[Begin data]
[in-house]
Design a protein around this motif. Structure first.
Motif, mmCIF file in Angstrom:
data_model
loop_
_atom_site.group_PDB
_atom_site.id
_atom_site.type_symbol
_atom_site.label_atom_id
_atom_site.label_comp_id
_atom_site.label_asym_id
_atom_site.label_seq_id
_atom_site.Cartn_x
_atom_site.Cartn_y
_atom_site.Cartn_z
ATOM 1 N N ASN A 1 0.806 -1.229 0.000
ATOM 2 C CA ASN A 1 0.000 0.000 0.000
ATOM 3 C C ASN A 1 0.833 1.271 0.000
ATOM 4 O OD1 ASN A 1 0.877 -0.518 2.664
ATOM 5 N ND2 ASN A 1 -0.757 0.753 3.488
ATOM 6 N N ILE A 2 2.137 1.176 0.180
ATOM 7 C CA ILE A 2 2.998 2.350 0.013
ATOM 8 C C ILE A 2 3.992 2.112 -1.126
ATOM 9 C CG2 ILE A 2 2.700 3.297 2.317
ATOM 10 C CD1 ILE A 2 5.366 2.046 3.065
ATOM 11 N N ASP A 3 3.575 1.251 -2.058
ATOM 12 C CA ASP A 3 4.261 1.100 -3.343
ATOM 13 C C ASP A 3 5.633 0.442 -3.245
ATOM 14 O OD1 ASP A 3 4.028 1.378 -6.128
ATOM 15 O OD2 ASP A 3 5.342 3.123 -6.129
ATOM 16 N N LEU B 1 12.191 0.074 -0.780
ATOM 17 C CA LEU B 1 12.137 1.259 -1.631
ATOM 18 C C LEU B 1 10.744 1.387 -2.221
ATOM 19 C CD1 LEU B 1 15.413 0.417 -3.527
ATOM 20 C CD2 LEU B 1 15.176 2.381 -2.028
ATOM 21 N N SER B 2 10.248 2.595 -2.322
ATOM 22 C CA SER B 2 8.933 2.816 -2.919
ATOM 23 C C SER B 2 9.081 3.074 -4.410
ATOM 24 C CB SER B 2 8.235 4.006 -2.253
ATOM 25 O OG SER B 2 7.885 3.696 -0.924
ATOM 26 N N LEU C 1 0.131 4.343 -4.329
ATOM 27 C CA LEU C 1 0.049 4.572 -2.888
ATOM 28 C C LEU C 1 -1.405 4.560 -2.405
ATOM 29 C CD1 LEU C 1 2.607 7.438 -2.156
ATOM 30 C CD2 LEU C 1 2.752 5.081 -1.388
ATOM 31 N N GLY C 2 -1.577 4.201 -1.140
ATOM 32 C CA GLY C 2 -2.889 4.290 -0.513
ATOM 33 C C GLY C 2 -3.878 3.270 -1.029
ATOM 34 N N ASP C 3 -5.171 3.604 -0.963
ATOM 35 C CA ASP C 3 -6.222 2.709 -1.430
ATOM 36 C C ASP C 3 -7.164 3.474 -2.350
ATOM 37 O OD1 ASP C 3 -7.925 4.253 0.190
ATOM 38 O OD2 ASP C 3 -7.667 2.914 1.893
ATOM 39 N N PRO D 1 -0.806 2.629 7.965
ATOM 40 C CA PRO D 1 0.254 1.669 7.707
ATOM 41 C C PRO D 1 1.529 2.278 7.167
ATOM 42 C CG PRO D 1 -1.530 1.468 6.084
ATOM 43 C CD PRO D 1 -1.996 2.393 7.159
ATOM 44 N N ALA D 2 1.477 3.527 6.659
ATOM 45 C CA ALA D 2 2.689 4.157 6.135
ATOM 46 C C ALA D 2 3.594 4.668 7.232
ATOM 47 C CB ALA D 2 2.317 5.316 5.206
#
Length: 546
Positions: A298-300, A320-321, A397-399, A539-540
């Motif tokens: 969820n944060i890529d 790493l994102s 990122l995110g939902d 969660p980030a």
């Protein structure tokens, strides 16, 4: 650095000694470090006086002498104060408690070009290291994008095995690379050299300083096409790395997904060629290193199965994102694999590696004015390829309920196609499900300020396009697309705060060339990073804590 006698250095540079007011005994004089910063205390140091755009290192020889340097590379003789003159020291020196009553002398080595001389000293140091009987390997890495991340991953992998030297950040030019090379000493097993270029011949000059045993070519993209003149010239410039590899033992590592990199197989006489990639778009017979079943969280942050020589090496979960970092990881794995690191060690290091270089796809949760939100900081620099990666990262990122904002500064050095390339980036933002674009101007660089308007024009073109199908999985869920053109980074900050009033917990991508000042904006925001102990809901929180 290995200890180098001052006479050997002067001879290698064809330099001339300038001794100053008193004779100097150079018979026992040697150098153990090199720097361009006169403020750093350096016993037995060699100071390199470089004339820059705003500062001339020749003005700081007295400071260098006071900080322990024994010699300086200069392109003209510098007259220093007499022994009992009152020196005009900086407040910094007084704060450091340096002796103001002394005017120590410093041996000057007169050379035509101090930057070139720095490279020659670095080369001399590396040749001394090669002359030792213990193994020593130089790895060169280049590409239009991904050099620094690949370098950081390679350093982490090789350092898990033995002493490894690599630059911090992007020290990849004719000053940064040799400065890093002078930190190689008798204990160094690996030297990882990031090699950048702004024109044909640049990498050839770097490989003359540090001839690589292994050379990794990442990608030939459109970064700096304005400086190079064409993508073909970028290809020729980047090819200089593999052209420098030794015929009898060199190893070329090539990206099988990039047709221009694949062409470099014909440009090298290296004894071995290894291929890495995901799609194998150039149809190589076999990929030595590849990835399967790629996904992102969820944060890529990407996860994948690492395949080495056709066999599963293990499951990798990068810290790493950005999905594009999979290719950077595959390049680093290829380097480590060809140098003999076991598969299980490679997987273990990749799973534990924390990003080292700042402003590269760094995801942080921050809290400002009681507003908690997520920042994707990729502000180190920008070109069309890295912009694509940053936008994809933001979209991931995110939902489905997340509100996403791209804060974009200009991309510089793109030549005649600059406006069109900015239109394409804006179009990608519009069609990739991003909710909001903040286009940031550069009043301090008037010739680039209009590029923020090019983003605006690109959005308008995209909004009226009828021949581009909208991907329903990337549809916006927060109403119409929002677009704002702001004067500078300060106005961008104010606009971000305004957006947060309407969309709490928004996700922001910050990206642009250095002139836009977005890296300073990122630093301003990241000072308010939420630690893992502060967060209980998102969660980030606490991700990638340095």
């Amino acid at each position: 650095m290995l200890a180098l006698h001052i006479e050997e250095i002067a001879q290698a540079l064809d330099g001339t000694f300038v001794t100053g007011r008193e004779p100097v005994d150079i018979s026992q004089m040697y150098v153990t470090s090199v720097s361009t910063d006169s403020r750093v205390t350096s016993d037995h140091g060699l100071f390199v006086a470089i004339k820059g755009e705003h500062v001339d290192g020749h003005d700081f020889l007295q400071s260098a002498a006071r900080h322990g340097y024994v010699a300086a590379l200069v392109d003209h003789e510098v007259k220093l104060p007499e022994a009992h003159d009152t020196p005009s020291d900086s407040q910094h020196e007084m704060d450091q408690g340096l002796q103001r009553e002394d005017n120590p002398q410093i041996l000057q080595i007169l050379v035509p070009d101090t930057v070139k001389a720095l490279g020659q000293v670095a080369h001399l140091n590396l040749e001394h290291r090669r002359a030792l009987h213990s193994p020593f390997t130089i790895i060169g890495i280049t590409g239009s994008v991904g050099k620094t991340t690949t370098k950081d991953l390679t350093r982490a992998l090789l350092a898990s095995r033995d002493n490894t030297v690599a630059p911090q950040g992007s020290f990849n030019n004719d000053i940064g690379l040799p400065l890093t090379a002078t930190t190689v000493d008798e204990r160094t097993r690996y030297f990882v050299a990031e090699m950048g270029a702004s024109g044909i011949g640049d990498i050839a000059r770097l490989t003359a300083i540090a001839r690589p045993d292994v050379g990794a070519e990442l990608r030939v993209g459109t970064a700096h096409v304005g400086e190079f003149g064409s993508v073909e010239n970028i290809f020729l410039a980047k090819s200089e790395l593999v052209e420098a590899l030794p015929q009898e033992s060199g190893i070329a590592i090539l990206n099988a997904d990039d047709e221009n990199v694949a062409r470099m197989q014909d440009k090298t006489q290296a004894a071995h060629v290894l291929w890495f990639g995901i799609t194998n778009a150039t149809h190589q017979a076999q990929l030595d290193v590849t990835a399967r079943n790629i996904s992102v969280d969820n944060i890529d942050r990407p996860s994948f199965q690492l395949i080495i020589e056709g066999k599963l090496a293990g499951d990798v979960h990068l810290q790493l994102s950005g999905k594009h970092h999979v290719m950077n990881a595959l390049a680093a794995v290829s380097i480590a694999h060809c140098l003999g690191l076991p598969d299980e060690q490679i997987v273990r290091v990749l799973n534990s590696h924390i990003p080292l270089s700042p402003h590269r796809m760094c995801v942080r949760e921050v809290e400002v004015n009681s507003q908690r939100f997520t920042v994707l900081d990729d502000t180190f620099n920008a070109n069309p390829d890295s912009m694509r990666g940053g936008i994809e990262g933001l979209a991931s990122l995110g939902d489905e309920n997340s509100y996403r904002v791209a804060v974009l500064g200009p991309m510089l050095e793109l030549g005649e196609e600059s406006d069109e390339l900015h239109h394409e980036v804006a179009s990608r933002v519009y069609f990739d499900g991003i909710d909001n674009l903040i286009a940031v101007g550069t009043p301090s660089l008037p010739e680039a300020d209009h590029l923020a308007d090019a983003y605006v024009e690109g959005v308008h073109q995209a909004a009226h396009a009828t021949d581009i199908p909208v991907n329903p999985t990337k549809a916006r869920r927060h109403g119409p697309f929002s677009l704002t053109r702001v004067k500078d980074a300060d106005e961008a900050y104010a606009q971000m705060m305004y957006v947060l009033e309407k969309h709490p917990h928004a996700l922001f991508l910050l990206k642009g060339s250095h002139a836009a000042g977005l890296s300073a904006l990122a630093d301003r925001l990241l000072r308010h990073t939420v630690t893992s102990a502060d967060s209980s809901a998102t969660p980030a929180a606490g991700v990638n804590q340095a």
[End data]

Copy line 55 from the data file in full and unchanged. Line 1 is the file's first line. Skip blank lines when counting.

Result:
ATOM 40 C CA PRO D 1 0.254 1.669 7.707